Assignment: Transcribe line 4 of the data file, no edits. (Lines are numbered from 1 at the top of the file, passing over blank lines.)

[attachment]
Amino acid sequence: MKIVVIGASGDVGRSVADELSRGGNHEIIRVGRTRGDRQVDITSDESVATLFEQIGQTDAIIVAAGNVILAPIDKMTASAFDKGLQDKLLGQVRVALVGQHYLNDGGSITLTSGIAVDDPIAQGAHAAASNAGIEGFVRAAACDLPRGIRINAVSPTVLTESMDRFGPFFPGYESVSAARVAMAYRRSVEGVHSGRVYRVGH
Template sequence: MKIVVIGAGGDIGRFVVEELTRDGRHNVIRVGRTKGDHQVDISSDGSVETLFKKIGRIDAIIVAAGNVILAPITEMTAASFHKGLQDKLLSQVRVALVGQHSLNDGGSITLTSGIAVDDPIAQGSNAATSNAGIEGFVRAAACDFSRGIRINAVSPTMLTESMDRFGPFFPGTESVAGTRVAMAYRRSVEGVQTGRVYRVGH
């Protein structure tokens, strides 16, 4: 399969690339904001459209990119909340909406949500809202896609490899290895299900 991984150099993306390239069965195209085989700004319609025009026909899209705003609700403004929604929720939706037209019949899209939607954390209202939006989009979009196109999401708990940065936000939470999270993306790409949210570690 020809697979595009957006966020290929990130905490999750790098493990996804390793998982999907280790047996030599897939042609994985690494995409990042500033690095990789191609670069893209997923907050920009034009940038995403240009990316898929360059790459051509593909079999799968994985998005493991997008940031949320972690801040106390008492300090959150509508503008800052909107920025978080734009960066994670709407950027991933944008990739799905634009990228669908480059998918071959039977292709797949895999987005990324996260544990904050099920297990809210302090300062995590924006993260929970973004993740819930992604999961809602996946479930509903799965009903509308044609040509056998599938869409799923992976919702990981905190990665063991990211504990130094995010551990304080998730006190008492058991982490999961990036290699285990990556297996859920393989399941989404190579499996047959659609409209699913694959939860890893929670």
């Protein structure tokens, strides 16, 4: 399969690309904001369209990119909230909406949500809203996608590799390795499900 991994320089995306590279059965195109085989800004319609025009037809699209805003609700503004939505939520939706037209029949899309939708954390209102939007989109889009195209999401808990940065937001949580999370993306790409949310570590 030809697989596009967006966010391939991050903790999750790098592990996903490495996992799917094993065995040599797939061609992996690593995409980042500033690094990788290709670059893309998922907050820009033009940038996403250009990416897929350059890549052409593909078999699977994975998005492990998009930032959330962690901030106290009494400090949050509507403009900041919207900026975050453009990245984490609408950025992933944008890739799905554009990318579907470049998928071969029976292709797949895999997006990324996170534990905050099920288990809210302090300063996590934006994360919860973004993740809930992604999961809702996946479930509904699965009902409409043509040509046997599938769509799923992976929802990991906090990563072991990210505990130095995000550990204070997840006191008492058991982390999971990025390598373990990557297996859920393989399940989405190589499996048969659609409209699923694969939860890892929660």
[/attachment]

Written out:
């Protein structure tokens, strides 16, 4: 399969690309904001369209990119909230909406949500809203996608590799390795499900 991994320089995306590279059965195109085989800004319609025009037809699209805003609700503004939505939520939706037209029949899309939708954390209102939007989109889009195209999401808990940065937001949580999370993306790409949310570590 030809697989596009967006966010391939991050903790999750790098592990996903490495996992799917094993065995040599797939061609992996690593995409980042500033690094990788290709670059893309998922907050820009033009940038996403250009990416897929350059890549052409593909078999699977994975998005492990998009930032959330962690901030106290009494400090949050509507403009900041919207900026975050453009990245984490609408950025992933944008890739799905554009990318579907470049998928071969029976292709797949895999997006990324996170534990905050099920288990809210302090300063996590934006994360919860973004993740809930992604999961809702996946479930509904699965009902409409043509040509046997599938769509799923992976929802990991906090990563072991990210505990130095995000550990204070997840006191008492058991982390999971990025390598373990990557297996859920393989399940989405190589499996048969659609409209699923694969939860890892929660």